According to experts, protozoa are primarily responsible for maintaining an ideal nutrient cycle within the soil, which makes sure the nutrients are present in a healthy ratio for the plants to consume. Without protozoa, soil-based plants would likely suffer nutrient problems due to imbalances and deficiencies

4. Nematodes 

Nematodes are another type of microbes that you should know about when growing cannabis in soil. These organisms are microscopic worms and some of them are beneficial while others are harmful to plants. So, depending on the species, these organisms may either help the plant by fixing nutrients by attacking harmful pests and bacteria or attack the roots of the plants. 

Symbiotic Relationship Between Microbes and Cannabis Plants

Symbiotic Relationship Between Microbes and Cannabis Plants

In nature, all organisms rely on others for survival, and this relationship is called symbiotic. An easy way to understand this symbiotic relationship is that it’s kind of like a barter system; for example, one organism fixes food for the second, which in turn protects the first one. 

This type of symbiotic relationship exists within the soil, too, between various microorganisms as mentioned above, and plants, including cannabis. Out in the free world, nature takes care of these symbiotic relationships, but in a cannabis garden, you promote this relationship to help your plant flourish. 

This is where the primary duty of microorganisms comes into play. They serve as nutrient fixers for the plant as a part of the symbiotic relationship. Essentially, these microorganisms convert organic matter into nutrients that can easily be absorbed by plant roots. But this process isn’t like other relationships, where for example, a rodent eats grass and then gets eaten by a wolf. 

In a microbe-plant symbiotic relationship, the microorganism doesn’t produce food directly; instead, the food is produced by the plant itself via photosynthesis, where chlorophyll converts inorganic energy to organic. From here, the minerals and carbon dioxide create organic matter that the microbes consume in the soil. 

When consuming the organic matter, the microorganisms start breaking down the matter, releasing nutrients and minerals. These minerals are then absorbed by the roots for the plant to use. So, in this relationship, the plant not only benefits from the microbes but the cycle benefits the microbes, too.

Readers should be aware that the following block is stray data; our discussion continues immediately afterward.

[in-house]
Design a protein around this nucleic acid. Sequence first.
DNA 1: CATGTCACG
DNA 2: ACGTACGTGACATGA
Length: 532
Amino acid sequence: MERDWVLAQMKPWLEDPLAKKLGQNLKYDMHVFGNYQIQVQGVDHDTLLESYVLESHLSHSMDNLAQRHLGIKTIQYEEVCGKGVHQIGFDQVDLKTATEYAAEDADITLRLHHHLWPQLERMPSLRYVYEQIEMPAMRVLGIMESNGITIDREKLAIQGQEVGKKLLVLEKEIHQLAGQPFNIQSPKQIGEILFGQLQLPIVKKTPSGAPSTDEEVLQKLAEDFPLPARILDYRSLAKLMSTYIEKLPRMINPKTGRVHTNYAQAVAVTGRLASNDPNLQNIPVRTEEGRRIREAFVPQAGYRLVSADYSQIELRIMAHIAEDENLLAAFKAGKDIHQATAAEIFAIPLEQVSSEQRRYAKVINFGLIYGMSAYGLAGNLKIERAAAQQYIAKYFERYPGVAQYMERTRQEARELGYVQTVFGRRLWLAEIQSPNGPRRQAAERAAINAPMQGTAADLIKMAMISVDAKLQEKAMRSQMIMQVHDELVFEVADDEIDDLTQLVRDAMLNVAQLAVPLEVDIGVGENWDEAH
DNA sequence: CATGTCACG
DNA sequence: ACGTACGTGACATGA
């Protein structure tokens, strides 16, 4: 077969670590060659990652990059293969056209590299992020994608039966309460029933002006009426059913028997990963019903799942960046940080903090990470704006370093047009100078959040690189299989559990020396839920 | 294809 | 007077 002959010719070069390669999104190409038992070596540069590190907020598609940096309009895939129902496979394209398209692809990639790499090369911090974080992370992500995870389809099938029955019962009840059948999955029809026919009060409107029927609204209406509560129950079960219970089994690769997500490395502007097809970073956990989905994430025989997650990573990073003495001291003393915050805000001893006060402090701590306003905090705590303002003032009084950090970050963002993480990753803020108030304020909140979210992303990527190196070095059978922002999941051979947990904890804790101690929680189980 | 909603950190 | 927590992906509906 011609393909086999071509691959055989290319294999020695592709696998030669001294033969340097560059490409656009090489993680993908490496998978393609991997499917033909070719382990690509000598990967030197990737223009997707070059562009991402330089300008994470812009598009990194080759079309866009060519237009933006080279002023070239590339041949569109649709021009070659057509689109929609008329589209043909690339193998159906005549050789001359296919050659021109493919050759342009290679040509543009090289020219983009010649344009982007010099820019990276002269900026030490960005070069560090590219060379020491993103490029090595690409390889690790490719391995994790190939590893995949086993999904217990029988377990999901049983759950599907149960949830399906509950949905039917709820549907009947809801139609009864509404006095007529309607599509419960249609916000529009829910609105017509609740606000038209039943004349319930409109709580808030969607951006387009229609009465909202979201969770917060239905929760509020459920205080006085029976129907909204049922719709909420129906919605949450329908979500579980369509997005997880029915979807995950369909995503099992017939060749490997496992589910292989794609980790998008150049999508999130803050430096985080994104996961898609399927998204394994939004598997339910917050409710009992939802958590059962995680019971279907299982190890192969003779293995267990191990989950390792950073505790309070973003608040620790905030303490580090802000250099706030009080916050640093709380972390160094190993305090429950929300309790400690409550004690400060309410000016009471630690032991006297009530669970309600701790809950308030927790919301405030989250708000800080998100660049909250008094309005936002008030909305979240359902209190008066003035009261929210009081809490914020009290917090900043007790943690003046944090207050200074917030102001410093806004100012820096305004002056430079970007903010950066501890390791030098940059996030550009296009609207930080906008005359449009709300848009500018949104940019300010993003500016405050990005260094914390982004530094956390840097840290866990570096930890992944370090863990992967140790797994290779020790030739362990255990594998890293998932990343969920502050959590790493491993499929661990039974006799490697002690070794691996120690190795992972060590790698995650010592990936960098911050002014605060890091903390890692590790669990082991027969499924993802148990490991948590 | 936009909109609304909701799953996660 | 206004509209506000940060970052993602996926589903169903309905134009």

Benefits of Soil Microbes for Cannabis Plants

Benefits of Soil Microbes for Cannabis Plants

Microbes like beneficial bacteria and fungi serve many benefits for cannabis plants, and they can play a major role in your plant’s growth, health, and yield. Here are some of the benefits of beneficial soil microbes and how they can make a massive difference in your cannabis garden. 

1. They Help Fix Nutrients 

As mentioned earlier, the most beneficial microbes in the soil are nutrient fixers for plants. In fact, their biggest contribution to plants is that they help plants consume nutrients that are available in the soil. These microbes convert various matter in the soil into nutrients that can be easily absorbed by the soil. 

Soil microbes like mycorrhizal fungi develop symbiotic relationships with the roots of the cannabis plant. Essentially, mycorrhizae help the roots increase their access to nutrients by extending their hyphae into the soil. They can draw out nutrients like phosphorus, zinc, and copper from the soil, making them readily available for plant absorption. This improved nutrient uptake helps the plants grow much healthier. 

In addition, mycorrhizal hyphae have the ability to penetrate crevices and pores present in the soil, thereby helping the plant explore a larger volume of soil than plant roots alone. In short, this exercise helps the fungi to access nutrients that may be present in pockets of the soil that the plant's roots cannot reach.

They also help to solubilize the nutrients as mycorrhizal fungi produce enzymes that break down complex compounds and minerals present in the soil. For instance, these enzymes help to solubilize nutrients like phosphorus that are critical for plant development by making them more available for plants to absorb. 

Remember, phosphorus, in particular, is typically immobile in sois, so the plants have limited access; however, the fungi help reduce this issue by releasing organic acids that dissolve them, making it easy for plants to access them. Apart from phosphorus, the fungi also help with other nutrients such as potassium, calcium, and nitrogen, and act as intermediaries to improve the exchange of nutrients between the soil and the plant. As you can see, this reduces the need to use fertilizers extensively.